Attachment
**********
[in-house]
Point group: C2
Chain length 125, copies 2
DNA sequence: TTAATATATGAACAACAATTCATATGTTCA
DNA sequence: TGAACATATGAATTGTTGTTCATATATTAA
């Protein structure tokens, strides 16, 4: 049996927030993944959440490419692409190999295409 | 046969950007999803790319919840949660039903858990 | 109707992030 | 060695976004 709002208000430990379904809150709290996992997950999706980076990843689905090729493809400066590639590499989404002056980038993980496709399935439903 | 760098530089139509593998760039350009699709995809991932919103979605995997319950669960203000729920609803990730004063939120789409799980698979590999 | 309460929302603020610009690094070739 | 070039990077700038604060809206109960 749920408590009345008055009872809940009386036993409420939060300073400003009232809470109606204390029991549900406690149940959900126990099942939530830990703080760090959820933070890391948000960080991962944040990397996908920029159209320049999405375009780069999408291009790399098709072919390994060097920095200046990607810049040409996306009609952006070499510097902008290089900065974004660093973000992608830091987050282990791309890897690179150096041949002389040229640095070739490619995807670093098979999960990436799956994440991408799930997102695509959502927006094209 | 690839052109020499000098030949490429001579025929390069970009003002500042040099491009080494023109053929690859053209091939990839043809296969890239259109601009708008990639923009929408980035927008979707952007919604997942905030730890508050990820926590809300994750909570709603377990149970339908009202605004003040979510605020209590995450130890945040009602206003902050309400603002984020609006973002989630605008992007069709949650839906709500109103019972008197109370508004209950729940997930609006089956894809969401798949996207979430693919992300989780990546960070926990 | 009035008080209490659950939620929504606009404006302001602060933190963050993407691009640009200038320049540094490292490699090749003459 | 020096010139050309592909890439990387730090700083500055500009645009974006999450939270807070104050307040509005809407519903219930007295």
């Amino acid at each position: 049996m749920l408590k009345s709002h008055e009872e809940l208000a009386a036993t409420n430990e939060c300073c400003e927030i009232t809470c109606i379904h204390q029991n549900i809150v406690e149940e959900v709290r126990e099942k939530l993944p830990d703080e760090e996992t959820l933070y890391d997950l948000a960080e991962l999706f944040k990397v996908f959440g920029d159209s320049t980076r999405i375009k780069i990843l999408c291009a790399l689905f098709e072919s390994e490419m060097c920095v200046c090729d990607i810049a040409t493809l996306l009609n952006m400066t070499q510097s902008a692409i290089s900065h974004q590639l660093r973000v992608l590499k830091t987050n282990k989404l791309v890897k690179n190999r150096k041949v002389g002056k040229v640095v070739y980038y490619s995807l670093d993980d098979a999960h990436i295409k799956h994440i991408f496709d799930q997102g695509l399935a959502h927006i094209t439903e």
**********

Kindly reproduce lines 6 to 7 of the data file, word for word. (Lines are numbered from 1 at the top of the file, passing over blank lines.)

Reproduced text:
């Protein structure tokens, strides 16, 4: 049996927030993944959440490419692409190999295409 | 046969950007999803790319919840949660039903858990 | 109707992030 | 060695976004 709002208000430990379904809150709290996992997950999706980076990843689905090729493809400066590639590499989404002056980038993980496709399935439903 | 760098530089139509593998760039350009699709995809991932919103979605995997319950669960203000729920609803990730004063939120789409799980698979590999 | 309460929302603020610009690094070739 | 070039990077700038604060809206109960 749920408590009345008055009872809940009386036993409420939060300073400003009232809470109606204390029991549900406690149940959900126990099942939530830990703080760090959820933070890391948000960080991962944040990397996908920029159209320049999405375009780069999408291009790399098709072919390994060097920095200046990607810049040409996306009609952006070499510097902008290089900065974004660093973000992608830091987050282990791309890897690179150096041949002389040229640095070739490619995807670093098979999960990436799956994440991408799930997102695509959502927006094209 | 690839052109020499000098030949490429001579025929390069970009003002500042040099491009080494023109053929690859053209091939990839043809296969890239259109601009708008990639923009929408980035927008979707952007919604997942905030730890508050990820926590809300994750909570709603377990149970339908009202605004003040979510605020209590995450130890945040009602206003902050309400603002984020609006973002989630605008992007069709949650839906709500109103019972008197109370508004209950729940997930609006089956894809969401798949996207979430693919992300989780990546960070926990 | 009035008080209490659950939620929504606009404006302001602060933190963050993407691009640009200038320049540094490292490699090749003459 | 020096010139050309592909890439990387730090700083500055500009645009974006999450939270807070104050307040509005809407519903219930007295």
């Amino acid at each position: 049996m749920l408590k009345s709002h008055e009872e809940l208000a009386a036993t409420n430990e939060c300073c400003e927030i009232t809470c109606i379904h204390q029991n549900i809150v406690e149940e959900v709290r126990e099942k939530l993944p830990d703080e760090e996992t959820l933070y890391d997950l948000a960080e991962l999706f944040k990397v996908f959440g920029d159209s320049t980076r999405i375009k780069i990843l999408c291009a790399l689905f098709e072919s390994e490419m060097c920095v200046c090729d990607i810049a040409t493809l996306l009609n952006m400066t070499q510097s902008a692409i290089s900065h974004q590639l660093r973000v992608l590499k830091t987050n282990k989404l791309v890897k690179n190999r150096k041949v002389g002056k040229v640095v070739y980038y490619s995807l670093d993980d098979a999960h990436i295409k799956h994440i991408f496709d799930q997102g695509l399935a959502h927006i094209t439903e």